Weight is generally defined as the force acting on an object due to the gravitational pull. It is a vector quantity and changes according to the situation. For example, in free fall, the weight of any object is zero, as the total force acting on the object in free fall is cancelled to zero.
Weight is measured in Newtons, which is the SI unit of weight. It is generally measured with the help of a spring scale. Since weight is calculated by multiplying the mass of an object with the acceleration due to the gravitational pull, the weight of an object having one kilogram of mass is 9.8 Newtons on the surface of the Earth. This is due to the fact that the value of gravitational acceleration is 9.8 m/s2.
Weight and force have the same SI units as both of them are, by definition, physical forces. Weight is used interchangeably with mass in everyday usage. However, both are distinct quantities. The mass of an object is an intrinsic property. It remains the same everywhere in the universe. While the weight of an object can vary according to the gravitational pull, it is experiencing. For example, the weight of any object on the moon is six times less than the weight it has on the Earth.
The earliest discussions on the weight of an object can be traced back to the era of the ancient Greeks. At that time, the weight of an object was considered an inherent property. Interestingly, the Greek philosophers described weight as the tendency of an object to seek ground. To them, it symbolised nature trying to restore order to the state of things. According to this view, the Earth was considered the heaviest object in the universe, while the fire was thought of as the lightest thing in the universe.
In the seventeenth century, Issac Newton gave his theory of gravitation and explained the mechanism by which objects are attracted to each other. This completely revolutionised the concept of weight, which had seen little advancement since the time of the greeks. Newton’s law made a fundamental contribution to the concept of weight by differentiating it from the mass. It was the first time mass and weight was defined separately. Mass was instead linked to the inertia of an object. The more mass an object has, the more difficult it is to move it from a state of rest. Newton was also the first to put forward the idea that the weight of an object is not fixed but changes according to the gravitational field around it.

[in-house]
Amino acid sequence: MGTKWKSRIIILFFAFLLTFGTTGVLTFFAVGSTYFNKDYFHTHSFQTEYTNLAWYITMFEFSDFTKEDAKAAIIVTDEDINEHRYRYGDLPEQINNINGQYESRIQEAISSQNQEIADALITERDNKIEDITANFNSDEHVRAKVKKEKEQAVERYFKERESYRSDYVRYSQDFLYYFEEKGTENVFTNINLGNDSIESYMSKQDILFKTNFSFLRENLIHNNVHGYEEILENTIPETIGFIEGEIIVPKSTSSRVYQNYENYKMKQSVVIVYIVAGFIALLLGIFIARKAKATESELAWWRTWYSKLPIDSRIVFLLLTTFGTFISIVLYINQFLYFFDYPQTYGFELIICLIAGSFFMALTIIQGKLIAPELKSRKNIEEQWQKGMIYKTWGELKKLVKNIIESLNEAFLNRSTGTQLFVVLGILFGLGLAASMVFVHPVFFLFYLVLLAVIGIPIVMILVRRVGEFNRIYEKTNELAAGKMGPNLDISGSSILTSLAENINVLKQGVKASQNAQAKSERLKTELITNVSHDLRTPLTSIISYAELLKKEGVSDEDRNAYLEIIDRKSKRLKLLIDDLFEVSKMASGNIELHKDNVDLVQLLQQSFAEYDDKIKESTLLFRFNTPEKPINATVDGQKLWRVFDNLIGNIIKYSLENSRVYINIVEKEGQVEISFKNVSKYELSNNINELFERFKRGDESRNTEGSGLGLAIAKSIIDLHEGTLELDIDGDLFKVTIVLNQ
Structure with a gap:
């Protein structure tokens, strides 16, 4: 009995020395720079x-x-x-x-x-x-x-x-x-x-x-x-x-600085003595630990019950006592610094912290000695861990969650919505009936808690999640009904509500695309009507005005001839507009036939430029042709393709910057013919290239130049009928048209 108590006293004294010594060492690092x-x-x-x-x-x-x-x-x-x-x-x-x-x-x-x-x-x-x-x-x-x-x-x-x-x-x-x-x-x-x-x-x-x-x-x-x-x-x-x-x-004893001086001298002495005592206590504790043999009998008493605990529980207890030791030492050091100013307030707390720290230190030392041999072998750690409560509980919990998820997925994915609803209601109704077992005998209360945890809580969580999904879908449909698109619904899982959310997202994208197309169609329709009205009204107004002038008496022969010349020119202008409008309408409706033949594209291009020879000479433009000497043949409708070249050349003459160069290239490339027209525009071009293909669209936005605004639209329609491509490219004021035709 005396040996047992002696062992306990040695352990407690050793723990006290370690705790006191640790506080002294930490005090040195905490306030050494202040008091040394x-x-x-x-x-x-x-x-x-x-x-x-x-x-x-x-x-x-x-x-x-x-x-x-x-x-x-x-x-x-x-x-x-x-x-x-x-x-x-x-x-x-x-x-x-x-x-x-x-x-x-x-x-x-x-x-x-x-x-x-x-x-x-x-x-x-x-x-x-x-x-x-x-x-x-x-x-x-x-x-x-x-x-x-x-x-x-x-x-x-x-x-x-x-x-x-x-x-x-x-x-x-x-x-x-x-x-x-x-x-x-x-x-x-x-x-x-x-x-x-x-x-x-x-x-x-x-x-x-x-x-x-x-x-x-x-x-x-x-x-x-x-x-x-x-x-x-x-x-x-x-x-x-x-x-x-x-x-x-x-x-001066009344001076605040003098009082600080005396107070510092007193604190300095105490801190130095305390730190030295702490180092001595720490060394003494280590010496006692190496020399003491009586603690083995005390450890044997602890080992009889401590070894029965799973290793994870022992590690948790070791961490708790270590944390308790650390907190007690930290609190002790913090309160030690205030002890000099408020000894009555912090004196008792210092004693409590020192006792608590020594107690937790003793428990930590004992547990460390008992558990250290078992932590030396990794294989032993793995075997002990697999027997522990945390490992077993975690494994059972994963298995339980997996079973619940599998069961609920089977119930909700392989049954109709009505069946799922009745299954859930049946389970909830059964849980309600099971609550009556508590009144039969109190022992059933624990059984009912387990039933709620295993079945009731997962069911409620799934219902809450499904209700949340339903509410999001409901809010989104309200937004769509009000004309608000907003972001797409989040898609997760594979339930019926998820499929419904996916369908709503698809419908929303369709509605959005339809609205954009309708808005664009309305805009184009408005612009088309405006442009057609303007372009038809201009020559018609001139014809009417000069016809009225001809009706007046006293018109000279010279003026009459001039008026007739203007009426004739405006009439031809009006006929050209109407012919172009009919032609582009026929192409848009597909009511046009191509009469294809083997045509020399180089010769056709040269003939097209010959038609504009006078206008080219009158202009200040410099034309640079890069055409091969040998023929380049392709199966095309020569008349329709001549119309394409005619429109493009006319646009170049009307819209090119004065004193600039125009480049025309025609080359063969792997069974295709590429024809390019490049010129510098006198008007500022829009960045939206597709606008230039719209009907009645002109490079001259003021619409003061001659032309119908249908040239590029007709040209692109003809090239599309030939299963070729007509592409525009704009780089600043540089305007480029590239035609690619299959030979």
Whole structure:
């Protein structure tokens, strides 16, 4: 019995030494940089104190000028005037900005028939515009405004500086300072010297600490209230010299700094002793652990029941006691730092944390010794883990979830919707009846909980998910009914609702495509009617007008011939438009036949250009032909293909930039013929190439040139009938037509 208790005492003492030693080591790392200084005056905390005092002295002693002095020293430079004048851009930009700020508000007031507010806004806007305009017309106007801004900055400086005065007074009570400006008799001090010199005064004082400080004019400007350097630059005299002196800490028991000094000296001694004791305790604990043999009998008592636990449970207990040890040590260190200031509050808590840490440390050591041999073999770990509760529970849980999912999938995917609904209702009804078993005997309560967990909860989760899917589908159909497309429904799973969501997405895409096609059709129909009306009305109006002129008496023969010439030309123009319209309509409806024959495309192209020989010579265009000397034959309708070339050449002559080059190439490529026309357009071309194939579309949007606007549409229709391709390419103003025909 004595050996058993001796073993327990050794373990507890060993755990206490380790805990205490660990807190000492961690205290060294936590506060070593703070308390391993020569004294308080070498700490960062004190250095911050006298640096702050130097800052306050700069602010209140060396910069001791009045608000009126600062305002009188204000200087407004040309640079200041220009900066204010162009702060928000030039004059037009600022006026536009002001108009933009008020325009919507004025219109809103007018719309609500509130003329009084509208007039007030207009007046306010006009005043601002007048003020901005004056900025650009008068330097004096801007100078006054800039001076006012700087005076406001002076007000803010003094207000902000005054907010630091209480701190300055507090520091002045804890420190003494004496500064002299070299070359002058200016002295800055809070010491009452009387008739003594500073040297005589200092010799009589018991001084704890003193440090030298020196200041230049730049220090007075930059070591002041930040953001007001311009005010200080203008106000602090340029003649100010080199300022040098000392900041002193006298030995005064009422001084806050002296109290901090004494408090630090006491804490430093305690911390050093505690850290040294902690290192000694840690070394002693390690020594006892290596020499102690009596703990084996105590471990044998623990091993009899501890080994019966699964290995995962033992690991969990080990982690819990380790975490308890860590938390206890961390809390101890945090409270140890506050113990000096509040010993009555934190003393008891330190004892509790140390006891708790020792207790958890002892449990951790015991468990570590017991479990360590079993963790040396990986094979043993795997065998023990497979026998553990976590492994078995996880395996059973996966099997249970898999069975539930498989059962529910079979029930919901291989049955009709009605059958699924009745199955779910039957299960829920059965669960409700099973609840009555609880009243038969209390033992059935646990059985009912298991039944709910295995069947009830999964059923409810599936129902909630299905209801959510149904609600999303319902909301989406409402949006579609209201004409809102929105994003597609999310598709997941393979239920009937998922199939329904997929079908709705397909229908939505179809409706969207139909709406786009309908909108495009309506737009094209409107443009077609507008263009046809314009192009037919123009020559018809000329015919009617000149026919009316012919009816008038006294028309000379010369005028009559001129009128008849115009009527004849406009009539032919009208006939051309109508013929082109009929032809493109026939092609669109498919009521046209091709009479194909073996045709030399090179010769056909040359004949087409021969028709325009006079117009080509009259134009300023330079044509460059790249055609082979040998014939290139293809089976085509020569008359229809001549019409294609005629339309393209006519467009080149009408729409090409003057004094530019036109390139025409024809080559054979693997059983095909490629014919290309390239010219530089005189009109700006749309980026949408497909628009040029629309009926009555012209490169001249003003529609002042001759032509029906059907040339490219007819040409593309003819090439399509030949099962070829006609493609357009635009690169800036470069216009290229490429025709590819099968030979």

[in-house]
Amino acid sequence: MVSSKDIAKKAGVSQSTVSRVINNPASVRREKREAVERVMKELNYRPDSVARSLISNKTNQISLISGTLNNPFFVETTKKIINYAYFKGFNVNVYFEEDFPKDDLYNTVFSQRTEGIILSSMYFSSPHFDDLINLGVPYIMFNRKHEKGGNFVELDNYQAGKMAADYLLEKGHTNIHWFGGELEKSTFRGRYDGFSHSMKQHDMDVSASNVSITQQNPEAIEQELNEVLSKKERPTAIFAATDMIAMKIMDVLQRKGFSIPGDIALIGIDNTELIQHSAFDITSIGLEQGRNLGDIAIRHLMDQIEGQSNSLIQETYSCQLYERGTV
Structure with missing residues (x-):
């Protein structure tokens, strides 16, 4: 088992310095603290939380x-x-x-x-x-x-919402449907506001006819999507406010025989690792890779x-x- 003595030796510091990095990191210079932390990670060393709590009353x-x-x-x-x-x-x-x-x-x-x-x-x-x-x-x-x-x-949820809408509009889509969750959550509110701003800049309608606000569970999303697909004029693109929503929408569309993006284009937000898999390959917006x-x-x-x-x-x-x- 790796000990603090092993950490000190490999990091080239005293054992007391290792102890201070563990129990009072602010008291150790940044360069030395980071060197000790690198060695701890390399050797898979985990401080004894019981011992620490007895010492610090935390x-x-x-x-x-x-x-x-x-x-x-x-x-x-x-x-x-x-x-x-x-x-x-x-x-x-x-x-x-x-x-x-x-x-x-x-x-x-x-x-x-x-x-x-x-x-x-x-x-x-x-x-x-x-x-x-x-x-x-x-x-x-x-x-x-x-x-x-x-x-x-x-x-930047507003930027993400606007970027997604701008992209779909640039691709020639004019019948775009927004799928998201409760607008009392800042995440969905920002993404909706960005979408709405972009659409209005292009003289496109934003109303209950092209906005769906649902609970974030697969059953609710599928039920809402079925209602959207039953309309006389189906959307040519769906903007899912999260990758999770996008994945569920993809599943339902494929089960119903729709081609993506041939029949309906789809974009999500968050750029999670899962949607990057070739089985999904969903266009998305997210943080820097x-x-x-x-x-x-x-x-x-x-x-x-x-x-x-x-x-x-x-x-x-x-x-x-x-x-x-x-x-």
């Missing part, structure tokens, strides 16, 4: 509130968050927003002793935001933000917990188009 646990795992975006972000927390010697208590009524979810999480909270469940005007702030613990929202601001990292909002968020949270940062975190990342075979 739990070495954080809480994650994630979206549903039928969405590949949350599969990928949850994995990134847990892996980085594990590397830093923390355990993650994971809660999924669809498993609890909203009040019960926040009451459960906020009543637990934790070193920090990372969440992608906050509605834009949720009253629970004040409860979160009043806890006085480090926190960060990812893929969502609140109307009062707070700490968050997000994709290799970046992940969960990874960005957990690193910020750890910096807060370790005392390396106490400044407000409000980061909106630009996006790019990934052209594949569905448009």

Newton differentiated between apparent weight and the true weight of an object. Apparent weight is the result of imperfect or faulty measurements and is affected by natural phenomena like buoyancy. The true, on the other hand, the true weight of an object is solely defined by the gravitational pull it experiences due to earth.
In honour of Newton’s achievement in the field of classical mechanics, the SI unit of weight was termed ‘Newton’.
One newton is defined as the force that gives an acceleration of one meter per second squared to an object with a one-kilogram mass. Newton was first standardised in 1946 when the CGPM defined it using the MKS system. Two years later, CGPM again used the same definition of Newton in its resolution. The transition from the MKS system to the SI system happened because the MKS system later changed into the SI system we use widely today.
On earth, an object of one-kilogram mass exerts a force of 9.8 newtons. This is often rounded off to 10 Newtons, as the acceleration due to gravity is sometimes taken to be 10 m/s2. Similarly, the weight of an average adult human is approximately 602 Newtons. This is calculated by assuming the average mass of an adult as 62 kilograms.
Though weight and mass are taken to be the same and are used as the same by people all around the world, the scientific community draws a distinction between the two. This is done because the earth’s gravitational field is not uniform across its surface. It can vary up to 0.5% depending on the location where the measurement is being done. Therefore, even if it does not change the measurement of mass for everyday usages, like weighing one kilo of apples or two tonnes of cement, it can cause a significant error when scientific calculations are done. Examples of such calculations involve calculating the mass of one electron or the velocities of atomic particles travelling through space. In such situations, the force exerted on them due to gravity has to be determined accurately to avoid faulty results.